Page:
Tuesday, September 1, 2009

Sailing Abroad

Last week Wednesday, we took a break from sailing Bluesette and took a look at some venues far afield. New York, Cape Cod, the Mediteranean, a mysterious volcanic island.

(All of them are located an 80 minute bus ride from us at Tokyo DisneySea.)

Mediterranean Harbor



Hudson River Rowing Club under the elevated train in the American Waterfront area which is based on a concept of early 20th Century New York.


A 65 foot replica tug boat - Hercules


Steam ship "Columbia". This serves as a backdrop for the waterfront and shows put on there as well as houses two restaurants. The ship is about 425 feet long and 82 feet wide. It's an impressive prop with a lot of detail.


K in front of a section of the Mediterranean Harbor called Fortress Explorations with a replica Galleon called Renaissance. The volcano of Mysterious Island is in the upper left corner.


Captain Nemo's submarine Nautilus in the lagoon of Mysterious Island.


Cape Cod



Sailboats in New York (note "Sea Wolf", center, named for Jack London's novel no doubt)


Peaking over "Cape Cod", one can see across Tokyo Bay to the 100 meter (328 ft.) tall wind turbine at Wakasu Kaihin Park. On a really clear day, Mt. Fuji is visible.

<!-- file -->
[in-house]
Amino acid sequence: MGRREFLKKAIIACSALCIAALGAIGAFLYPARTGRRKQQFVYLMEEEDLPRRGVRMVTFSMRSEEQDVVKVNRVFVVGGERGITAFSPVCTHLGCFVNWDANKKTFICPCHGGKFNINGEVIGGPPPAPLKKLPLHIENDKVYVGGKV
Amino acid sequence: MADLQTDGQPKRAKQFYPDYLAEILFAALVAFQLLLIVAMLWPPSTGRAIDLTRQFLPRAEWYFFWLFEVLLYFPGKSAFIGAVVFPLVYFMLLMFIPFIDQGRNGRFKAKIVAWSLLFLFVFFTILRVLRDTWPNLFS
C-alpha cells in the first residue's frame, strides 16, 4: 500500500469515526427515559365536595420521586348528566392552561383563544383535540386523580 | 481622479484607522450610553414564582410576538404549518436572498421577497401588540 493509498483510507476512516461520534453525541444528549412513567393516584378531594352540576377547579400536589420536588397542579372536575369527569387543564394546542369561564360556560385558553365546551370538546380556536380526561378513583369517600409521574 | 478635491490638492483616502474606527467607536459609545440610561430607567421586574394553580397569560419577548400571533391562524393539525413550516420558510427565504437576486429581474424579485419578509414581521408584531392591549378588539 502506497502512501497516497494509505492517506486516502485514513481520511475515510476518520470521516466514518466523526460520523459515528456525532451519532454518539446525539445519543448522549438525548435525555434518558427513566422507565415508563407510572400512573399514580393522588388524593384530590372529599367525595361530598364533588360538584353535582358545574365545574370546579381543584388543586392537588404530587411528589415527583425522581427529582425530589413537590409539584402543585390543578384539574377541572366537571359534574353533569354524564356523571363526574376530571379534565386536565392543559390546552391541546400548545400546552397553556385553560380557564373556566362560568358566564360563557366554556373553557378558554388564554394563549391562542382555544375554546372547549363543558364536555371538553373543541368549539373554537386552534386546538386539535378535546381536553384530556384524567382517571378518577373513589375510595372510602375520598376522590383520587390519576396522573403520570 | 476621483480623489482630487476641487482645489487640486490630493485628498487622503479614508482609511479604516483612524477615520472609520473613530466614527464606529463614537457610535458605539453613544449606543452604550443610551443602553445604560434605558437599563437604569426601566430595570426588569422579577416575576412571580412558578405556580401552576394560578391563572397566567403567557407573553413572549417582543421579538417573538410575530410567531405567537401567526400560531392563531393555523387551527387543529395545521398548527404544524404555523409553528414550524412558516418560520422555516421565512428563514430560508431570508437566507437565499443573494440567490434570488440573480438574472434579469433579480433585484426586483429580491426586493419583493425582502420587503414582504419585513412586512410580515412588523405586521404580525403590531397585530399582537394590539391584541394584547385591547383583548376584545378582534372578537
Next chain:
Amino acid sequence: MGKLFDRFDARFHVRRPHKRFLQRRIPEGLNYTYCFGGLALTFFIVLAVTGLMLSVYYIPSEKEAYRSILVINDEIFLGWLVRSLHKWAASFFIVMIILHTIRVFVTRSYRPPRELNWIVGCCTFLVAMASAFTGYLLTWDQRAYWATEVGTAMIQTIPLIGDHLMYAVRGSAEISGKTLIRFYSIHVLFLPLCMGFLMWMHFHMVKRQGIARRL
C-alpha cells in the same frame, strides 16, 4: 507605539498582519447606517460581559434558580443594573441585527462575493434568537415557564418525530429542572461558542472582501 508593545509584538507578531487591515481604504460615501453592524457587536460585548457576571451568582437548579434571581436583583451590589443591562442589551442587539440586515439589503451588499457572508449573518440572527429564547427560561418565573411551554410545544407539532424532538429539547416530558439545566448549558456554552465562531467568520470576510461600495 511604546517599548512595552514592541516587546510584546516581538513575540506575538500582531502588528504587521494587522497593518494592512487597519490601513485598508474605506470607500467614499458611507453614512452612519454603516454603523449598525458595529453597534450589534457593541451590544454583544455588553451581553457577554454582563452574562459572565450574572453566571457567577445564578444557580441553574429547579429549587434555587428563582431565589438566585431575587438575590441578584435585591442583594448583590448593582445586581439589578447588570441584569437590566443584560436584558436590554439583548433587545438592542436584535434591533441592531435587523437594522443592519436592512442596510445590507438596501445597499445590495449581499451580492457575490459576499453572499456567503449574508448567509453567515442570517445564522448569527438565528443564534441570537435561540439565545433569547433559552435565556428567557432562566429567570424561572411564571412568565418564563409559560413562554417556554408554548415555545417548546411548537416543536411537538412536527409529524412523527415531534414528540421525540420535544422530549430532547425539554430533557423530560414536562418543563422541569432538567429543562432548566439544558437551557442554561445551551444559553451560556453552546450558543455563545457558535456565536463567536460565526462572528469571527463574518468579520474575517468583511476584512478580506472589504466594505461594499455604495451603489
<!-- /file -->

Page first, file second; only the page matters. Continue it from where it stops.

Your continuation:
There is more to DisneySea - a futuristic Port Discovery, Lost River Delta featuring Indiana Jones, Mermaid Lagoon and Arabian Coast. I'll do a more complete report on the Pacific Islander blog as time permits. In general, I liked it. It's aimed a bit more toward a slightly older crowd than Disneyland, yet retains elements that little kids like.

The DisneySea website in English is here: Tokyo DisneySea

After the rainy skies left behind by Typhoon 11 (Tropical Storm Krovanh) clear up, we'll be back on the lake with Bluesette.

6 comments:

Don Snabulus said...

Disney hasn't done squat in the states for decades...it would be nice to see something like DisneySea here, maybe somewhere besides California, Florida, or Texas.

Pandabonium said...

Seattle? Disney just bought Marvel's superheroes for $4 billion, so it's not like they don't have money.

Tokyo Disneyland opened in 1981 and was the first Disney park outside the USA. DisneySea, which is right next door, opened in 2001. Tokyo Disney Resort is the only Disney theme park not owned by Disney.

I do wonder how they will power these parks in the future.

bonnie said...

What fun! Do people actually row at the Hudson River Rowing Club?

Love the replica tug with the old steamship!

Pandabonium said...

Bonnie - Alas, the rowing club is only a clever disguise for a storage room. All the boating at DisneySea is non participatory variety - large Italian style gondolas, small paddle wheel steamers, etc. They did an amazing job with the details of it all.

HappySurfer said...

Amazing place! The lagoon of Mysterious Island is interesting.

Pandabonium said...

Happy Surfer - It is a large lagoon with walkway all the way around it and tunnels at water level which small paddlewheel steamboats go through. I was particularly impressed at how real the volcanic rock - actually made of concrete - looked. Exactly as I remember it in Hawaii.